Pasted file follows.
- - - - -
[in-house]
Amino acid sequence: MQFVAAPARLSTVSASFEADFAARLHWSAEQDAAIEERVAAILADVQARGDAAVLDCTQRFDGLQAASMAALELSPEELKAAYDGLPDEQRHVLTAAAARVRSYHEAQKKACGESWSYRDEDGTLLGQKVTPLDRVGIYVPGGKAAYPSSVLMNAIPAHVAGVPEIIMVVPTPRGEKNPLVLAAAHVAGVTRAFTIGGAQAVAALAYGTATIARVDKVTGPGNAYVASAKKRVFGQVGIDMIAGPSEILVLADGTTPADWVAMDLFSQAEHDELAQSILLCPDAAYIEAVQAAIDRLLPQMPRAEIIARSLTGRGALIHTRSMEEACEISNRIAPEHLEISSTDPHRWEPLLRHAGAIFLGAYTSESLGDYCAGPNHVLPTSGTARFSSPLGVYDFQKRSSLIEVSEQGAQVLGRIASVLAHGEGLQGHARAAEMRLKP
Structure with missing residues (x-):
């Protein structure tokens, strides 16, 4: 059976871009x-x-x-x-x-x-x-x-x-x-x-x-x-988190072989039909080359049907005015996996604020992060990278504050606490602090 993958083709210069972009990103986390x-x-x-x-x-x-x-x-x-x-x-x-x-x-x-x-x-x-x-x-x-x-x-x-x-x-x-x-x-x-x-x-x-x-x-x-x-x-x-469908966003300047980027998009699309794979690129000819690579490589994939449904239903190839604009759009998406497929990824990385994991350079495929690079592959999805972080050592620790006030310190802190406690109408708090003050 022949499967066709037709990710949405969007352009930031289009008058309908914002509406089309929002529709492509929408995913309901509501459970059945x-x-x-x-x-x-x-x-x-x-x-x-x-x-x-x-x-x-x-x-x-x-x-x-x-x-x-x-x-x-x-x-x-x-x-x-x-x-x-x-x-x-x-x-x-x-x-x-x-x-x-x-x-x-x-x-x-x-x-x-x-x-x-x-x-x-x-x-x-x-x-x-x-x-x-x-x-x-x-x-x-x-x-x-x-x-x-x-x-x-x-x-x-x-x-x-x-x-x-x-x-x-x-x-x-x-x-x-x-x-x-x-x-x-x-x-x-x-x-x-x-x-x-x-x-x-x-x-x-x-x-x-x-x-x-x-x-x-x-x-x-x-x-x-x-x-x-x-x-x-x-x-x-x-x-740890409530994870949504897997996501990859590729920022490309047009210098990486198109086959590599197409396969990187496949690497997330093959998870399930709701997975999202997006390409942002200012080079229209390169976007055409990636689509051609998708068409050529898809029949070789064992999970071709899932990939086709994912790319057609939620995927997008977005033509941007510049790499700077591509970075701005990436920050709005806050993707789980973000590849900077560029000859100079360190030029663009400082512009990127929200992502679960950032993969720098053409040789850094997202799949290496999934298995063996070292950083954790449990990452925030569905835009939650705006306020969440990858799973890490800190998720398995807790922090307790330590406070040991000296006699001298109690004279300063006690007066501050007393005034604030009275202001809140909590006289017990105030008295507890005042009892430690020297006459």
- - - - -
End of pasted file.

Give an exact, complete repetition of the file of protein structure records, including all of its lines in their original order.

[in-house]
Amino acid sequence: MQFVAAPARLSTVSASFEADFAARLHWSAEQDAAIEERVAAILADVQARGDAAVLDCTQRFDGLQAASMAALELSPEELKAAYDGLPDEQRHVLTAAAARVRSYHEAQKKACGESWSYRDEDGTLLGQKVTPLDRVGIYVPGGKAAYPSSVLMNAIPAHVAGVPEIIMVVPTPRGEKNPLVLAAAHVAGVTRAFTIGGAQAVAALAYGTATIARVDKVTGPGNAYVASAKKRVFGQVGIDMIAGPSEILVLADGTTPADWVAMDLFSQAEHDELAQSILLCPDAAYIEAVQAAIDRLLPQMPRAEIIARSLTGRGALIHTRSMEEACEISNRIAPEHLEISSTDPHRWEPLLRHAGAIFLGAYTSESLGDYCAGPNHVLPTSGTARFSSPLGVYDFQKRSSLIEVSEQGAQVLGRIASVLAHGEGLQGHARAAEMRLKP
Structure with missing residues (x-):
């Protein structure tokens, strides 16, 4: 059976871009x-x-x-x-x-x-x-x-x-x-x-x-x-988190072989039909080359049907005015996996604020992060990278504050606490602090 993958083709210069972009990103986390x-x-x-x-x-x-x-x-x-x-x-x-x-x-x-x-x-x-x-x-x-x-x-x-x-x-x-x-x-x-x-x-x-x-x-x-x-x-x-469908966003300047980027998009699309794979690129000819690579490589994939449904239903190839604009759009998406497929990824990385994991350079495929690079592959999805972080050592620790006030310190802190406690109408708090003050 022949499967066709037709990710949405969007352009930031289009008058309908914002509406089309929002529709492509929408995913309901509501459970059945x-x-x-x-x-x-x-x-x-x-x-x-x-x-x-x-x-x-x-x-x-x-x-x-x-x-x-x-x-x-x-x-x-x-x-x-x-x-x-x-x-x-x-x-x-x-x-x-x-x-x-x-x-x-x-x-x-x-x-x-x-x-x-x-x-x-x-x-x-x-x-x-x-x-x-x-x-x-x-x-x-x-x-x-x-x-x-x-x-x-x-x-x-x-x-x-x-x-x-x-x-x-x-x-x-x-x-x-x-x-x-x-x-x-x-x-x-x-x-x-x-x-x-x-x-x-x-x-x-x-x-x-x-x-x-x-x-x-x-x-x-x-x-x-x-x-x-x-x-x-x-x-x-x-x-740890409530994870949504897997996501990859590729920022490309047009210098990486198109086959590599197409396969990187496949690497997330093959998870399930709701997975999202997006390409942002200012080079229209390169976007055409990636689509051609998708068409050529898809029949070789064992999970071709899932990939086709994912790319057609939620995927997008977005033509941007510049790499700077591509970075701005990436920050709005806050993707789980973000590849900077560029000859100079360190030029663009400082512009990127929200992502679960950032993969720098053409040789850094997202799949290496999934298995063996070292950083954790449990990452925030569905835009939650705006306020969440990858799973890490800190998720398995807790922090307790330590406070040991000296006699001298109690004279300063006690007066501050007393005034604030009275202001809140909590006289017990105030008295507890005042009892430690020297006459």